Posts Tagged ‘engineering’
Research and development is critical in all industries. And, when it comes to the pharmaceutical industry R & D not only generates income for the companies involved in the research but it often results in lives being saved, or at least in the quality of patient’s lives being improved.
It can take many years, as well as millions of pounds to perfect and test a pharmaceutical product. In 2006 alone almost £4billion was spent on pharmaceutical research and development. Once developed, years of testing follow to ensure that any new drug or medicine adheres to the appropriate government guidelines before being released to the general public. During that period of development it can be a perplexing time for research scientists as they strive to find the perfect solution, for example to a life-threatening illness or a debilitating disease.
Indeed, it is that period of intense research, development and ultimately testing that makes branded drugs so initially expensive. For a number of years they are under patent to the pharmaceutical company that developed them and that exclusive reward for innovation is one of the reasons that drugs are developed in the first place. So, production of a ground-breaking drug not only helps humanity but can be extremely lucrative for the company responsible for developing it; either exclusive distribution or production under licence allows pharmaceutical companies to recoup their R &D costs, as well as add to their bottom line.
Because of the potential rewards available, anyone involved in the medical or pharmaceutical fields of research at the top level will have worked hard to get there. Research scientists are often enrolled on extensive post-graduate courses in order to expand their knowledge and learning by companies anxious to attract the best recruits.
But getting into the industry doesn’t have to be through the research scientist route. There are many pharmaceutical jobs that aren’t involved in front-line research such as marketing, accounting, engineering and IT. In recent times, according to the Association of the British Pharmaceutical Industry (ABPI), the pharmaceutical industry in the UK employs over 68,000 people and many are not directly involved in research.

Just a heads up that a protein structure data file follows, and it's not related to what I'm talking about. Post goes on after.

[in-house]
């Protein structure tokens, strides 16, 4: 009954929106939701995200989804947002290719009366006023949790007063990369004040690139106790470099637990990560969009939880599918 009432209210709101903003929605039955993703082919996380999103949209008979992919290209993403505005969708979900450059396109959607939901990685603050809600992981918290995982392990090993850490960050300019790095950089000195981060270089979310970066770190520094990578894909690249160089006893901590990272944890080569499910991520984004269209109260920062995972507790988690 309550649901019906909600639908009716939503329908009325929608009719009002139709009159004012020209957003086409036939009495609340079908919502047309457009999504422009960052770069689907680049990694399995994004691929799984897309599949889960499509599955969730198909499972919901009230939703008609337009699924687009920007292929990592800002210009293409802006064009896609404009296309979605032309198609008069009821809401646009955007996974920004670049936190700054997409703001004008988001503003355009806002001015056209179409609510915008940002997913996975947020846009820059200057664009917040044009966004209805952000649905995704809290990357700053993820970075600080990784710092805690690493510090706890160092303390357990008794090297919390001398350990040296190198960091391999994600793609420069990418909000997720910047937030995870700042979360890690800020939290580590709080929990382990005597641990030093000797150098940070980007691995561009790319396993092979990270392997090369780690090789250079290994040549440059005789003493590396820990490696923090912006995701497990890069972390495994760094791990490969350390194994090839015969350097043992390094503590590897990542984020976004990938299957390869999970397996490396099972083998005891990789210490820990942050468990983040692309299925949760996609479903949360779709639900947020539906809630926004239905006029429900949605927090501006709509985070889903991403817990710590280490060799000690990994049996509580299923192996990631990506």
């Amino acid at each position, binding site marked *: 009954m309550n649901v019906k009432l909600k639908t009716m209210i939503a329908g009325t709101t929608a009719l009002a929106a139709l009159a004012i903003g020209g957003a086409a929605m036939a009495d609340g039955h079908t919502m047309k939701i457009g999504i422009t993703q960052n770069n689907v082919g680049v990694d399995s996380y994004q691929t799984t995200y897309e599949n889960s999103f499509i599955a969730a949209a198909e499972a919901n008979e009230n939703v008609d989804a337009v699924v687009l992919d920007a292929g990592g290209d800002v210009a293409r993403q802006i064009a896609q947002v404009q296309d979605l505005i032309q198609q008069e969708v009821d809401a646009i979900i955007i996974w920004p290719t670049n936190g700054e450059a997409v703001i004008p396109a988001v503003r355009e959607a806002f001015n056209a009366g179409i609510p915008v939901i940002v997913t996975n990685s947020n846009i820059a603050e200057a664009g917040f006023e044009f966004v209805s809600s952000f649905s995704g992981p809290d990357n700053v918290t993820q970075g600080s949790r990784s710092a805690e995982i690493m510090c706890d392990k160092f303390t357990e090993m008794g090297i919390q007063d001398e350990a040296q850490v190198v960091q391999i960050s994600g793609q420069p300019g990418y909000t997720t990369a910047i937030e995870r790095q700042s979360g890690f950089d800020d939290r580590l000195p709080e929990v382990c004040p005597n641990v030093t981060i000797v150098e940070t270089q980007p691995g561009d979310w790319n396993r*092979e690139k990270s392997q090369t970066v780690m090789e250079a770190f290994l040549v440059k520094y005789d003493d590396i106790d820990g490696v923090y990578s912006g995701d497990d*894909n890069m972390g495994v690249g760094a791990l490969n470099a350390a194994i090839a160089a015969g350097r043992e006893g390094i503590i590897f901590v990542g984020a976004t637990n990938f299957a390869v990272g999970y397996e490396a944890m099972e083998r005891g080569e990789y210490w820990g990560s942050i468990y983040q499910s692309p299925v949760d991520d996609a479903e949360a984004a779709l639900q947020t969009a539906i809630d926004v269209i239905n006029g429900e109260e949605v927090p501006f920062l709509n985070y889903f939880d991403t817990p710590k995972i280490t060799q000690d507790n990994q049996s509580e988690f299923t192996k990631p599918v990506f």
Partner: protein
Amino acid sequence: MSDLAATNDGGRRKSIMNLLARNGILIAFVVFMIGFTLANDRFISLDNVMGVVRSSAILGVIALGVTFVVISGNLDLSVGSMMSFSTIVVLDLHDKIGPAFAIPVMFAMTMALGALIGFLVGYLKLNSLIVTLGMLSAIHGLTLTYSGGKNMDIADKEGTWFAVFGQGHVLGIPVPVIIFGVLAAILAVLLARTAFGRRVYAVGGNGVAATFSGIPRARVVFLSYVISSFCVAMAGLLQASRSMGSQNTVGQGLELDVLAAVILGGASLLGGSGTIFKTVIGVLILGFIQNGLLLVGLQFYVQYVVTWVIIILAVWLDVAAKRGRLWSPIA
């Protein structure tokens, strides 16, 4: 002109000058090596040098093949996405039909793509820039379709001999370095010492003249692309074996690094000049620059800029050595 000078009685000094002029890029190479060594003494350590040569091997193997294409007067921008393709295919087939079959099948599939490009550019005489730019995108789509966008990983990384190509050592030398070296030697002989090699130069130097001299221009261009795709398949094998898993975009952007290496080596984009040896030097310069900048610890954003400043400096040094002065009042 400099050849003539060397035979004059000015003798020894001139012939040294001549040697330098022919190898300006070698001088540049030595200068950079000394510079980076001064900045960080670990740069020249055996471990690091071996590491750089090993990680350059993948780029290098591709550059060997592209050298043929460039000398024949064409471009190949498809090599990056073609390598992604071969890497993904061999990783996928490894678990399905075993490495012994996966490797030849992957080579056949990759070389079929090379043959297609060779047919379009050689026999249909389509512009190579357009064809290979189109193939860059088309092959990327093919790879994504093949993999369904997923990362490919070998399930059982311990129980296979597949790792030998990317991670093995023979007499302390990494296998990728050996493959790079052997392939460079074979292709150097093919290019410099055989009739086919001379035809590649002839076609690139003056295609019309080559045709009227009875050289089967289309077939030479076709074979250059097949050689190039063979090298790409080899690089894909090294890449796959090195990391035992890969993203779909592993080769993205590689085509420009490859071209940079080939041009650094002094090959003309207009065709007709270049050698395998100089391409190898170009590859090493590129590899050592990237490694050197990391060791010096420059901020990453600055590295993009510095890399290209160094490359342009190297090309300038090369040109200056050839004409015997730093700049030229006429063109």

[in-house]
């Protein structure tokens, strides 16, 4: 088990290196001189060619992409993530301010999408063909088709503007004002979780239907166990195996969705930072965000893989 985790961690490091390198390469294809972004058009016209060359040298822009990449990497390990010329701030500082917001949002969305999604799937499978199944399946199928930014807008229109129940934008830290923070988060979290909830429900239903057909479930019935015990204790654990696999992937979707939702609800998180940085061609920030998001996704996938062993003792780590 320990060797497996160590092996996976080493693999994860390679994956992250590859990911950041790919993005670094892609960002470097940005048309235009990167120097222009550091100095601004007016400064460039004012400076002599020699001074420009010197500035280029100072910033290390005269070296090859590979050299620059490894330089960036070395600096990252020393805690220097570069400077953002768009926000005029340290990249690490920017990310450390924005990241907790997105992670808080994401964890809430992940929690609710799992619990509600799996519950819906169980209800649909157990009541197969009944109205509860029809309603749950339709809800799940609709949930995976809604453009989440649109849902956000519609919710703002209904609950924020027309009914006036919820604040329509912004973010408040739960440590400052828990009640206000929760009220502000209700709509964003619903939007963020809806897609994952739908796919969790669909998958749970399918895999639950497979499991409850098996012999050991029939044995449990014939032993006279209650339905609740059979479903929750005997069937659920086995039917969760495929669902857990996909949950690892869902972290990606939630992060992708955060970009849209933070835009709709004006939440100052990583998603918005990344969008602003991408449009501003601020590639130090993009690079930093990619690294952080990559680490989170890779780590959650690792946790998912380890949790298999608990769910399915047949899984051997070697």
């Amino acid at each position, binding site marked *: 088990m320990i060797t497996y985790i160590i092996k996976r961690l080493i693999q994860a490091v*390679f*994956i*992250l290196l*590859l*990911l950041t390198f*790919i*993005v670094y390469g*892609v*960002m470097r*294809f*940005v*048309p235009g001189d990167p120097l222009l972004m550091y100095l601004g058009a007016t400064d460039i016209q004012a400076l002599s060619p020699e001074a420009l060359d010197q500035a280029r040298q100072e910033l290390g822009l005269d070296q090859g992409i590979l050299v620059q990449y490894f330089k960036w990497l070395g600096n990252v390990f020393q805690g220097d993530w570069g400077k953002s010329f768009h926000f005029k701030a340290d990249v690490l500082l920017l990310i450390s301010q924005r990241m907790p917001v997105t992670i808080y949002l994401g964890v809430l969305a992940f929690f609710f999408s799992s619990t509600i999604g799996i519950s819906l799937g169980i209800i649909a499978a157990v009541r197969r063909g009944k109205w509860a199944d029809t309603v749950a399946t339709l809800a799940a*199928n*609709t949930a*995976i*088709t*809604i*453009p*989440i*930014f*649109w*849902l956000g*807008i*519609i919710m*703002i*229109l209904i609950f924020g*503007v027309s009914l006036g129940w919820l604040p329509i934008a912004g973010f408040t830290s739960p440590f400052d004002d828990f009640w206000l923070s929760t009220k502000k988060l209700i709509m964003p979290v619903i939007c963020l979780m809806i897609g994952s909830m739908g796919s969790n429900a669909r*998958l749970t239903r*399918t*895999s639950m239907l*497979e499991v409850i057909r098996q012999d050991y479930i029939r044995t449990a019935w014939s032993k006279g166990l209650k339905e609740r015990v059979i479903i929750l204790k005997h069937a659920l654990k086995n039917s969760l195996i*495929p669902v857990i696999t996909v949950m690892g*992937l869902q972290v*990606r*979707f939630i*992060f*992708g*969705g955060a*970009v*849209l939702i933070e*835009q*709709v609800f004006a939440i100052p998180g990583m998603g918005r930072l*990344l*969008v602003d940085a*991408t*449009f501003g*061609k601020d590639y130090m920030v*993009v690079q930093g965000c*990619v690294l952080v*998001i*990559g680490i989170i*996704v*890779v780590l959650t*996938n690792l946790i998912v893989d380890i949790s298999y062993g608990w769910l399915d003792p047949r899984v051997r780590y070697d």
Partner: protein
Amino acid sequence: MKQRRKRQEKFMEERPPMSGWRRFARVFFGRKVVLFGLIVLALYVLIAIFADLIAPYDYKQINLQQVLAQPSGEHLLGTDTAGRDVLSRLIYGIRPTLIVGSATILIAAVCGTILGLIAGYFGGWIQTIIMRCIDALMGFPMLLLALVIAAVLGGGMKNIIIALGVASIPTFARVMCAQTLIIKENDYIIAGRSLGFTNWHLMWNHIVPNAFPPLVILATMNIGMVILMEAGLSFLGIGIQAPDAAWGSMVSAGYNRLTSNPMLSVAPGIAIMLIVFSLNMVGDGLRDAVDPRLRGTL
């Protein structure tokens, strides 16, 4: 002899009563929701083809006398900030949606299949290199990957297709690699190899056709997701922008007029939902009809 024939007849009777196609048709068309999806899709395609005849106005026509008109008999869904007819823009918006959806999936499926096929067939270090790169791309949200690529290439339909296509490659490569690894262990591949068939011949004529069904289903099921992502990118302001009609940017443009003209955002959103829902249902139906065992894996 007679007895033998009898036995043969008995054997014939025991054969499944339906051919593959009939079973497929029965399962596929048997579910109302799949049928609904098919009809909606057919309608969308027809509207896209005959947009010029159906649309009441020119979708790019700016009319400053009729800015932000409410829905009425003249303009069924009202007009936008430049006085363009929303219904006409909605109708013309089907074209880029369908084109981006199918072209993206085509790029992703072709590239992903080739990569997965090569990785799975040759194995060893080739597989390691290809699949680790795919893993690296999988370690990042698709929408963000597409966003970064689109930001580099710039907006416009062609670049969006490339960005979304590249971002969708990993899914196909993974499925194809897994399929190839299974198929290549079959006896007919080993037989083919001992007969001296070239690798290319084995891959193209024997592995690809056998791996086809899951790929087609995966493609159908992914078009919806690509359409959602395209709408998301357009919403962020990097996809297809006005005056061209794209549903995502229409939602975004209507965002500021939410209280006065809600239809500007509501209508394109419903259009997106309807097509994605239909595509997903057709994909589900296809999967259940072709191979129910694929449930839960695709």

However, despite the promise of potentially vast financial rewards many of those involved in the industry chose to go into pharmaceutical research for altruistic reasons, whether directly involved in research or not. Such noble reasons for entering the industry include the opportunity to help develop vaccines, medicines and cures in order to reduce the number of life-threatening and debilitating illnesses in both humans and animals. Indeed, for the many employees in the pharmaceutical industry, the best reward for their years of hard work and dedication is the chance to improve people’s lives.
For students interesting in work as an industrial engineer, there are many different job opportunities emerging in this field. Knowing where to look for these jobs is half the battle. However, this guide to finding jobs in industrial engineering should be a helpful too for anyone looking for these types of engineering jobs.
One of the important things to remember about industrial engineering jobs is that they are everywhere. Airlines, construction companies, architects, mining and oil companies, and more are always looking to hire them. That is because the engineers are the ones responsible for making sure that everything goes according to plan. These professionals are those who help make sure that a building project is safe and built according to rules and regulations. In many ways, they save many companies from lawsuits that result from personal injury and improper building structures. The role of these individuals is important, and for that reason they are in high demand in many different areas.